On March 15, 2000, the DEQ Heating Oil Tank Program began licensing companies to certify that heating oil tank decommissionings and cleanups were protective of human health and the environment. Between March 15, 2000 and Dec. 31, 2011, DEQ received 23,516 notifications of leaking HOTs and 21,838 have been certified as cleanups completed. One reason why some HOT projects are not certified is because the cleanup is more complex.
Examples of these complex sites include but are not limited to the following:
- Where significant releases to soil cannot be removed to Oregon cleanup criteria due to large volumes;
- Where buildings or other subsurface features make removal of soil contamination infeasible;
- Where contamination may affect current or future beneficial uses of groundwater or surface water;
- Where engineering controls are needed to achieve protective conditions at the site. An example of an engineering control would be a vapor barrier or depressurization system designed to eliminate the ability of sub-surface vapors to enter a structure;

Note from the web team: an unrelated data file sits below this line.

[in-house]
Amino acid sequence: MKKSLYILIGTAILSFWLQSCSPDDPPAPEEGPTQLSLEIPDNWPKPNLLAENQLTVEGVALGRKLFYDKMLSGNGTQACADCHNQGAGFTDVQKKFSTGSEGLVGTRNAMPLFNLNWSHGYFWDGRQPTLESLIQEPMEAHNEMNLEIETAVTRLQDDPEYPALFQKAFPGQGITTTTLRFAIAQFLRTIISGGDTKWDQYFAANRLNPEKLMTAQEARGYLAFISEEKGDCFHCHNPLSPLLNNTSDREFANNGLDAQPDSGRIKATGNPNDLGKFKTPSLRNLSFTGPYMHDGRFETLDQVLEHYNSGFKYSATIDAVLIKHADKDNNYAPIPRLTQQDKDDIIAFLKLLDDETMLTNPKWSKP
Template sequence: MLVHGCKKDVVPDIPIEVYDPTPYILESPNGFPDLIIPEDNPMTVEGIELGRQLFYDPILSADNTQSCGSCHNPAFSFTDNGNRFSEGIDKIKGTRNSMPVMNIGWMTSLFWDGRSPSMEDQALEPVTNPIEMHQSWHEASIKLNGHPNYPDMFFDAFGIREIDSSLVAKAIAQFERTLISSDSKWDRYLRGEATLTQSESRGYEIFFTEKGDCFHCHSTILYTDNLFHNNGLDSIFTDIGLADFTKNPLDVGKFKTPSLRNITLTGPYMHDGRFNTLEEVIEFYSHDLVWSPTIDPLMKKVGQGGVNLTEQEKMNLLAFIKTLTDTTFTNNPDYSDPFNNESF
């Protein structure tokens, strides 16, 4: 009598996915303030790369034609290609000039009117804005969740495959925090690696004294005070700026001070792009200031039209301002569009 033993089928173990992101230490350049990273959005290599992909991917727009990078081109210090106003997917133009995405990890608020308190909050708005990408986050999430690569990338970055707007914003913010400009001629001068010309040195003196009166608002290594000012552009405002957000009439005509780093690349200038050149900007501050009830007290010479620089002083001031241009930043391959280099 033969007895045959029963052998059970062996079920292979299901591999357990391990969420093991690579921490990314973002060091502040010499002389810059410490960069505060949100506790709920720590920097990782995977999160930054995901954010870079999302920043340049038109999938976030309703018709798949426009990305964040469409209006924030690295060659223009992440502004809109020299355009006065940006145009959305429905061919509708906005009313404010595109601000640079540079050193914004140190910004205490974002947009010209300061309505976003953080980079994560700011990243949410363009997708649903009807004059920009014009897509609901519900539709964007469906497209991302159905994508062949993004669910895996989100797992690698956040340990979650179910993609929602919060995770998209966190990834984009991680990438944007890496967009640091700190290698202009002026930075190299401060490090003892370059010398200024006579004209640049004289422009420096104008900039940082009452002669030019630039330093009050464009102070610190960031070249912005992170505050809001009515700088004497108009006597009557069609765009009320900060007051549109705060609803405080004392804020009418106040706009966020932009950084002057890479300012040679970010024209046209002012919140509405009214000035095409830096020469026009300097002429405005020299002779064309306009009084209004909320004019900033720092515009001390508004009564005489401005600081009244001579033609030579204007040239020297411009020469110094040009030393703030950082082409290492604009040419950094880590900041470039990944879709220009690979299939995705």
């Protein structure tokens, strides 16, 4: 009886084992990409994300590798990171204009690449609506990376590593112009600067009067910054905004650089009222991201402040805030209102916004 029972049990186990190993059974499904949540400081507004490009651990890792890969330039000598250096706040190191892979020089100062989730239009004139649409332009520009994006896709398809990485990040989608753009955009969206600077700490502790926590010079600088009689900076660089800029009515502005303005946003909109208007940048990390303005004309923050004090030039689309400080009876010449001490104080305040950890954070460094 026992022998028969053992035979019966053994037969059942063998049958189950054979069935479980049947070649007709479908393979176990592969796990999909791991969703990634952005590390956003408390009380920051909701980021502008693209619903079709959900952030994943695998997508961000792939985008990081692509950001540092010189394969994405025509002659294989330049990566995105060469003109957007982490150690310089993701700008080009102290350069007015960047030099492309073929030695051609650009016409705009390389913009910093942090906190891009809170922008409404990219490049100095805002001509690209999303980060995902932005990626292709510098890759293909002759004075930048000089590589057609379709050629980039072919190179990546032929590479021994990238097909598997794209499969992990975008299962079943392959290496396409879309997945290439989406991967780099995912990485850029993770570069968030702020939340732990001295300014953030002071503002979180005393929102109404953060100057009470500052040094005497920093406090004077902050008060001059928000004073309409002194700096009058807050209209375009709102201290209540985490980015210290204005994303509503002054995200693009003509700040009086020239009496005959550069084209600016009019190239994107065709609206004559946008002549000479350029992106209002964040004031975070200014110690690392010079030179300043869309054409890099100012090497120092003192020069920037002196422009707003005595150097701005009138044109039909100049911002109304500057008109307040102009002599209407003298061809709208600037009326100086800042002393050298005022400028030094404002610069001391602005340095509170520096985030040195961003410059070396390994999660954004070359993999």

- Where on-going monitoring will be needed to confirm engineering controls are performing properly or beneficial groundwater uses are not affected; and/or
- Where filing of an institutional control, or deed restriction, to restrict a specific use of the site will be necessary.
The current certification fee ($200) allows DEQ to provide limited direction and technical assistance to homeowners and service providers. These complex sites generally require more coordination between DEQ and the service providers. To meet this need, DEQ developed a HOT Cleanup Agreement that allows DEQ to be adequately involved in complex sites.